Don played a clip from Bill O’Reilly and agreed with what must be the most prevalent comment made by non-Blacks in describing why the Black community has so many issues: degradation of the traditional family. It would take a whole post to talk about the offensive implications that makes against single parent families in every community; however, what is most ignorant about this thought is that it neglects to consider the contexts in which these people and families exist.
I am very much a supporter of the traditional family. I do believe that there are inherent values and influences that this type of home creates for children growing up. But I would never relate that to the struggle or crime that is found in Black communities. The only connection between the two are socioeconomic which is not always in the hands of the parents to control.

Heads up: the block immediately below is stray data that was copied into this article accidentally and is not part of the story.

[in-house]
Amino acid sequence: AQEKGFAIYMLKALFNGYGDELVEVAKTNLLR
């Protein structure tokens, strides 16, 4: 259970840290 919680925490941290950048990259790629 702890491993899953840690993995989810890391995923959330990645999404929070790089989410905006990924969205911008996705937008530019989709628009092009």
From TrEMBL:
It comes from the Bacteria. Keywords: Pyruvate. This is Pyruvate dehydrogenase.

Parents do not create criminals. The socioeconomic a of this country — which is systemically set up against Black people is the major culprit for crime creation. When a life of discrimination impairs social mobility and renders impotent the opportunity for an individual to pull themselves up by their own bootstraps, survival instincts kick in and there isn’t a creature on this planet that will not kill, steal, or fight to survive. Allow such disenfranchisement to be perpetuated through several generations and, ta-da, you have a generation of young Black kids who envy, idolize, and glamorize such behaviors. They do so because for as far back as they can remember it is one of the few ways that Black people ever actually have an undeniable opportunity to change their lives.